Wanna blow stuff up? Get Bad Company.
If I wanted to make this review short and sweet, I'd probably just say "If you like blowing stuff up and killing a bunch of people while doing it, then Battlefield Bad Company is the game for you." But since I like to add a bit of professionalism to my reviews, I'll delve a bit more into the game and give you a more enlightened point of view on this first-person shooter.
Battlefield Bad Company comes from developer EA DICE and publisher Electronic Arts and chronicles the adventures of B-Company, a band of rejected, misfit soldiers used by the army as canon fodder to slow down enemy troops until the "real" soldiers arrive. You'll play as Private Preston Marlowe, who's recently been reassigned to B-Company for undisclosed reasons. Joining you for this mission are Sergeant Redford, a tough and wise veteran whose soul purpose for joining the squad is so he can retire early; Stillwater, who joins the army only to get a college scholarship without realizing he'll actually have to fight; and Haggard who's just there to blow everything to smithereens. The camaraderie and constant teasing between Stillwater and Haggard is actually quite funny, as you'll see them push and shove each other or play rock-paper-scissors in the background while the Sarge gives out orders. Although it has its fair share of funny moments, the story and voice acting aren't this game's pay dirt. Actually, you can see how this one will end from a country mile away.
Although previous Battlefield games weren't known for their single player experience, concentrating more on the multiplayer side of things, this one is much different. There's a nicely fleshed out single player campaign here. As you make your way through the campaign, not only will you get to blow up a ton of walls, tanks, helicopters and, yes, even people, you'll also get to shoot them down with a very eclectic variety of weaponry. Although there are a lot of guns to choose from, the force and accuracy between them is barely noticeable. It would've been nice to have freedom of choice in which weapon to use, as we do in Rainbow Six Vegas games, but, sadly, there isn't, so you'll just have to settle for the weapon you pick up at the time, crappy or not. However, whether you're using a shotgun or a semi-automatic, the shooting feels good. It might not be as tight as in Call of Duty 4, for example, but it does the job well.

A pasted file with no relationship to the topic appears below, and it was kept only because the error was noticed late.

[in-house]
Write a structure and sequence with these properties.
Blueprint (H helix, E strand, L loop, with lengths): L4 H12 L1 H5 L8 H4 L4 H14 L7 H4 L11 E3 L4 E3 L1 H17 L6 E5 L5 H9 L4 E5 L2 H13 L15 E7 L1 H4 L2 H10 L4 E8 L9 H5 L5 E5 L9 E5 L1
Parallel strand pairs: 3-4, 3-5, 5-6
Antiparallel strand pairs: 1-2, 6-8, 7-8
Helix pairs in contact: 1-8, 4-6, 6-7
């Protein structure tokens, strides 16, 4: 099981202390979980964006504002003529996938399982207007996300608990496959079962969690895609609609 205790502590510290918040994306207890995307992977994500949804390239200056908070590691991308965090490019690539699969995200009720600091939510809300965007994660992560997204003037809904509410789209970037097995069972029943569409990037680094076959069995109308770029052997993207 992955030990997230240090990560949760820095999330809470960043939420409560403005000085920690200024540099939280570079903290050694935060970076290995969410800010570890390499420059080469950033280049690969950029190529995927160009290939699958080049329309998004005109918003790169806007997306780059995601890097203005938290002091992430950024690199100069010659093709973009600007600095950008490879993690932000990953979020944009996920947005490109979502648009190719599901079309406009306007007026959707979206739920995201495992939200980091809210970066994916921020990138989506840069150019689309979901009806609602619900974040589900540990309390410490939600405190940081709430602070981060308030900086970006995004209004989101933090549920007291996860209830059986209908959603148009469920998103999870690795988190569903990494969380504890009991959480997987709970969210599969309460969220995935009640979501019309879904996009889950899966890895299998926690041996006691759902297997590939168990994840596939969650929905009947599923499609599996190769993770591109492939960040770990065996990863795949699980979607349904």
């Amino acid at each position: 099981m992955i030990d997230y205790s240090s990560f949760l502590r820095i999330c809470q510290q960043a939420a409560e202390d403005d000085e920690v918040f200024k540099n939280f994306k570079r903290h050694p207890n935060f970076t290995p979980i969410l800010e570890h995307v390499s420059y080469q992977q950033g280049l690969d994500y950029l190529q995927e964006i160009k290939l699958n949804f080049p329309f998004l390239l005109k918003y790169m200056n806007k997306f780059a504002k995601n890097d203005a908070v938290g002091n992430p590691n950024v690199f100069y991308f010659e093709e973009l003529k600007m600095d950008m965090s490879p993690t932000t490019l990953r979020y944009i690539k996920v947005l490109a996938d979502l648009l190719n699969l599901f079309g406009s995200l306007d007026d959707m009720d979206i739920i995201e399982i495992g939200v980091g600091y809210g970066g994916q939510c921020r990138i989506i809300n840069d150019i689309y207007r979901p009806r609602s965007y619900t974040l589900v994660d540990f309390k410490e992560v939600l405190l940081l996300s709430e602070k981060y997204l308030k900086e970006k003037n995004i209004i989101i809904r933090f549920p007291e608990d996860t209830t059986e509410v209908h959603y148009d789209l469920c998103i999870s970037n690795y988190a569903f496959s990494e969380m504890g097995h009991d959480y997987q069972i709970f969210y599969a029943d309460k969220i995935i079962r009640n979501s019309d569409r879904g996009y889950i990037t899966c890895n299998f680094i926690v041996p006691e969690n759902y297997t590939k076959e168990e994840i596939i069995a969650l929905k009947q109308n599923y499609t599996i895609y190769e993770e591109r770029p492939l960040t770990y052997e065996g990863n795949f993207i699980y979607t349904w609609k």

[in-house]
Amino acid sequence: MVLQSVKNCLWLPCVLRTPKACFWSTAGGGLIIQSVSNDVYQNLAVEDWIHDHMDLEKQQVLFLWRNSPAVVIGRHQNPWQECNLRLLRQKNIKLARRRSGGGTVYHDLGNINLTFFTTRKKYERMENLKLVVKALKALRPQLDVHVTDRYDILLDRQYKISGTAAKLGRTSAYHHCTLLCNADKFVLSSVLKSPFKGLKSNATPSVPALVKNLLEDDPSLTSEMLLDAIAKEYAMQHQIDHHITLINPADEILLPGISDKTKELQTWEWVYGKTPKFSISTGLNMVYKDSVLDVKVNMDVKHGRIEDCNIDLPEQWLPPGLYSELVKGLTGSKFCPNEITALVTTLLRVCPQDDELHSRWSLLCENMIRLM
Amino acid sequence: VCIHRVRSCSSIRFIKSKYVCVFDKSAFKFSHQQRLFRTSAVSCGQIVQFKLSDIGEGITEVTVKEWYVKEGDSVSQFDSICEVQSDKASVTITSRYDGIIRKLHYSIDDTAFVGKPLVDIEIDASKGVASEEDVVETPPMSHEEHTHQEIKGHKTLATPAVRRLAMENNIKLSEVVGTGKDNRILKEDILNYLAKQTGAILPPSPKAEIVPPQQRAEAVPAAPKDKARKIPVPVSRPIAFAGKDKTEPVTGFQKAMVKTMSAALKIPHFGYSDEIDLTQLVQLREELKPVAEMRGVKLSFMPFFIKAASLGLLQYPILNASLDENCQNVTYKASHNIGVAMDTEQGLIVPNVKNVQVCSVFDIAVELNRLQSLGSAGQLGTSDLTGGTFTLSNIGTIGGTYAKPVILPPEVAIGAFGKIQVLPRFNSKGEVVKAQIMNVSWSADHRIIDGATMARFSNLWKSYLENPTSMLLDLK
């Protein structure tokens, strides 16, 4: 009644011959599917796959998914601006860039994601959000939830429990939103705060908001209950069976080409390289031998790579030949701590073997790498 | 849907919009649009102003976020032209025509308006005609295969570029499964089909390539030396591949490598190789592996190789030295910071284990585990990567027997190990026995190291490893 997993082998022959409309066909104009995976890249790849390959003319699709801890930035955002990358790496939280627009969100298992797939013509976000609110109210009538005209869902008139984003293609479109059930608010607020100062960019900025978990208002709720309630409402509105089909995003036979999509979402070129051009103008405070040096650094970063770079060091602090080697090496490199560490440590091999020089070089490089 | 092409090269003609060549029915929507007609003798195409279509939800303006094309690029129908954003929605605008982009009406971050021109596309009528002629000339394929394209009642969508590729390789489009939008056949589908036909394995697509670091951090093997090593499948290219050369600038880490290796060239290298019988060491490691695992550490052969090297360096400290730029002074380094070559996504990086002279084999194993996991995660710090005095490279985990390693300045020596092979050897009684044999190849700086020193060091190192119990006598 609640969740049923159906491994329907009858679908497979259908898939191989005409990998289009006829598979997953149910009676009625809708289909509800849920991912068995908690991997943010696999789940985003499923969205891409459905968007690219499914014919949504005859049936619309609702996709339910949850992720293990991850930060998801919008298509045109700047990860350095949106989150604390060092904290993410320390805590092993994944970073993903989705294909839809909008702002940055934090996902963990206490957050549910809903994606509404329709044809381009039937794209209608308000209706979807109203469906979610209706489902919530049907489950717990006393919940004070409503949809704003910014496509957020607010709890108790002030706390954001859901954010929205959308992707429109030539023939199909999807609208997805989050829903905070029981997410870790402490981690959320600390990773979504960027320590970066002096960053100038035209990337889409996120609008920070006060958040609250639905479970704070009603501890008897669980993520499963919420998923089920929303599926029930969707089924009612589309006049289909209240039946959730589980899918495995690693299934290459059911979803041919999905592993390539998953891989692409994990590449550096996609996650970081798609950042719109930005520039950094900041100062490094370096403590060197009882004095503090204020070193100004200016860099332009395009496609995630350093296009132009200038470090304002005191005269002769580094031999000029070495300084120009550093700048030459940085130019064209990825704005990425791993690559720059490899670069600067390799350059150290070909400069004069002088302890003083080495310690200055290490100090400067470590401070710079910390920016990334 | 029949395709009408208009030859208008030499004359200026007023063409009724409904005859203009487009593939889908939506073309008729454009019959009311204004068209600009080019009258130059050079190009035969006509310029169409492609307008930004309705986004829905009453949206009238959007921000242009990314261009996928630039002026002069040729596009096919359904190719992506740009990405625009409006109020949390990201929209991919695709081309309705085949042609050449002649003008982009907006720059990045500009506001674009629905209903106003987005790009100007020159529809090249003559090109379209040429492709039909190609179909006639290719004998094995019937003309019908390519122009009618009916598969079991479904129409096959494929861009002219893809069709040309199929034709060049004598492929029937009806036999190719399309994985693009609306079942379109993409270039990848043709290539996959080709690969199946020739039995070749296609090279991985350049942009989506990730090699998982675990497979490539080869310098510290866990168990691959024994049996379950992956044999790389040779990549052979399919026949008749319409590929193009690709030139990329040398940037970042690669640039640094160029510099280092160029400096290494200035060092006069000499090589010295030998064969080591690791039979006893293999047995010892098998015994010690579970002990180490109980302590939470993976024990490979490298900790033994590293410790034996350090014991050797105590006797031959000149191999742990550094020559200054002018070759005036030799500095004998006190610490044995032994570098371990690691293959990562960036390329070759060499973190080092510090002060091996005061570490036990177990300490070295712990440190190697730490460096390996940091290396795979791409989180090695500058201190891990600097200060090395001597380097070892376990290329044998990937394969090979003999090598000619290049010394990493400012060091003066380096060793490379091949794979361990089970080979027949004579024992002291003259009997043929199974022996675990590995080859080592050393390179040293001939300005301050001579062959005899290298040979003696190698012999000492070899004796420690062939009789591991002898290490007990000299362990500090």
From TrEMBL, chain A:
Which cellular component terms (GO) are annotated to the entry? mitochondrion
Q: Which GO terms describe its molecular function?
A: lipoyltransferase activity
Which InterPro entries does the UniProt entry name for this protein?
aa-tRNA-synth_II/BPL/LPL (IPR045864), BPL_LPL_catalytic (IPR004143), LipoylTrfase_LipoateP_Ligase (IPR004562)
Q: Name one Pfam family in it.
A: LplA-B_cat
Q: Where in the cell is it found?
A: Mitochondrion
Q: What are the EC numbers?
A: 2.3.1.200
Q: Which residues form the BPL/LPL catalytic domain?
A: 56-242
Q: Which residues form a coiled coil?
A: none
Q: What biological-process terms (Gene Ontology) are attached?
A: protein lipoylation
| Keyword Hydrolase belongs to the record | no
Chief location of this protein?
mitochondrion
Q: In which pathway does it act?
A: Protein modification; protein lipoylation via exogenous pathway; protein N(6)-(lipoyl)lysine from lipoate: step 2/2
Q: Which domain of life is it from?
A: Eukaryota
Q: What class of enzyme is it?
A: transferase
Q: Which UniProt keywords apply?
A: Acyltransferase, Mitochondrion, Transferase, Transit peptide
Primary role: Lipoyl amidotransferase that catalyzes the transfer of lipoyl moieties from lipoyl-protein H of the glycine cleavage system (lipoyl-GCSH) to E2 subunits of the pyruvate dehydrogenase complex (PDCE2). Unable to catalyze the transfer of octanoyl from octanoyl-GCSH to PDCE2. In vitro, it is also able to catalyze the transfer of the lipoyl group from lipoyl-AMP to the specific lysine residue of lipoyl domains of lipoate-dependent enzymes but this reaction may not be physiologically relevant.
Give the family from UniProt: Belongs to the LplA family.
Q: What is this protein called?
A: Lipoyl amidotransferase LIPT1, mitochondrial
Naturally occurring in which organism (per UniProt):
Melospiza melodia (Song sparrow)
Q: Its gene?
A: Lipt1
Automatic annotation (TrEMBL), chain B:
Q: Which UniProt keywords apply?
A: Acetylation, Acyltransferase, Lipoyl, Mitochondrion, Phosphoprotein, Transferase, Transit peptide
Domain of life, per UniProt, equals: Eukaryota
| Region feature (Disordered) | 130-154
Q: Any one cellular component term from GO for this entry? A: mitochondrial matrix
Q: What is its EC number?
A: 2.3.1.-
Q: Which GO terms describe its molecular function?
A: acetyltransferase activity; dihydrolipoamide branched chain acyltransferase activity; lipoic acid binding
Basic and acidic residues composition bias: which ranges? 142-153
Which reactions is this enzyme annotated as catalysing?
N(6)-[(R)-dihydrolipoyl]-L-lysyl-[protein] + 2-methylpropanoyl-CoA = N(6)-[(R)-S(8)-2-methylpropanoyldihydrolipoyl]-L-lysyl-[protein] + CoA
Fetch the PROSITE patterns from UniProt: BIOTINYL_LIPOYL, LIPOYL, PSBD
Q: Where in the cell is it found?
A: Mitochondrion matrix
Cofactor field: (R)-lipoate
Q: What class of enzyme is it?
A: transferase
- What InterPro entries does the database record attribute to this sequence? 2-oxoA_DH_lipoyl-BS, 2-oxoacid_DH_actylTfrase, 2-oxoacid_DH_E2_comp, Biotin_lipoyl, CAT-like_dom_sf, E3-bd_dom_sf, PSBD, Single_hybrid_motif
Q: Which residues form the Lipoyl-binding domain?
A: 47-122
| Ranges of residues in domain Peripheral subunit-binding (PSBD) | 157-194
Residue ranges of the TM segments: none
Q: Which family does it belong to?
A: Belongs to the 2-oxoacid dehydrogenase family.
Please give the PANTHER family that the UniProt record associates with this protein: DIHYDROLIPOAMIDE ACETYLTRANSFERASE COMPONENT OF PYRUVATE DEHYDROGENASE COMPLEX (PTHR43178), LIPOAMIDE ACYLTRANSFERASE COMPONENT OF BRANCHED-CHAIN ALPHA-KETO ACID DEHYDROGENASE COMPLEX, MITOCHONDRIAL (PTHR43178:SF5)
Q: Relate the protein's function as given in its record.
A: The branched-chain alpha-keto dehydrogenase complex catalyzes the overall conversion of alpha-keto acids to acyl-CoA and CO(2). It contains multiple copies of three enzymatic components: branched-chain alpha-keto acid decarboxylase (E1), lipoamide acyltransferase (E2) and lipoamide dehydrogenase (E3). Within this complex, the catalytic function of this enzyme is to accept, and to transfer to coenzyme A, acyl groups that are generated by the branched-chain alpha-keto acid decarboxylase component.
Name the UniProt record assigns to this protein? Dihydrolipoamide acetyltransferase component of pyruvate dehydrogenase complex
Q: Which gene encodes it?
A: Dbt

One thing you'll discover about Marlowe is that he's quite the jack-of-all-trades. Not only can he fire rocket launchers and use mortar strikes, he can also repair vehicles found throughout the game. You can carry your main weapon, with either a grenade launcher attached to it, hand grenades or a side arm, as well as, for your secondary "weapon", a variety of things from a rocket launcher to a mortar strike or even a repair tool. The gung-ho style of play was a nice change of pace… for the first 30 minutes. Although the game encourages you to blow holes into walls to expose the enemy, I found it more fun to just rush in there and gun them down. Blowing up tanks and walls is fun, but it really gets old after a while.
Although you'll die more often than you'd like in this game, doing so isn't as bad as you'd think. Aside from the many checkpoints scattered around the maps, you'll get to carry a nifty little gadget called the health injector. Instead of the overused health regeneration system from other similar games, I'm guessing the guys at DICE wanted to give Bad Company a more realistic feel with this injector, but the fact that you can use it every 40 seconds or so makes it feel more like a gimmick than a novel idea. Add to the fact that, when you die while in a vehicle, and even if it explodes, you'll respawn in said vehicle at the checkpoint, armor intact and all. This reminded me of BioShock's Vita-Chambers and how much easier it made the game.
The AI in Bad Company is laughable at best. I lost count of how many times I just stood next to an enemy for a good five seconds before he noticed me. Also, don't expect much help from your squad mates, as they'll just take cover behind something and act like nothing's going on around them. That's when they're not bumping into you while you're trying to avoid enemy fire. This is where a human partner, or partners, would've made all the difference in the world. Sadly, the game offers no co-op whatsoever, which is ridiculous for a shooter released in this day and age.
Luckily, this is a Battlefield game, which means that there is plenty of multiplayer action to be had here. Twenty-four players go head-to-head in an attack and defend mode called Gold Rush, where the attacking team tries to destroy the defending team's gold crates. Although the Battlefield mainstay mode called Conquest will be made available to download later on down the line, you won't miss it much while playing Gold Rush. The online is relatively lag-free and tons of fun to play. The only downside here is that if you arrive late to the party, you'll have a tough time keeping up with the rest of the already established players, but that goes for any other online game as well.
Battlefield Bad Company could have been a gem of a game, but its repetitiveness, faulty AI, quirky health regenerative methods and lack of co-op bring it down a couple of notches. The game is far from being bad however and should keep you entertained far beyond its 10-hour single player campaign with its excellent online component. With breathtaking sound and all-around decent visuals, Bad Company is worth checking out… when it hits the bargain bin sometime in the future.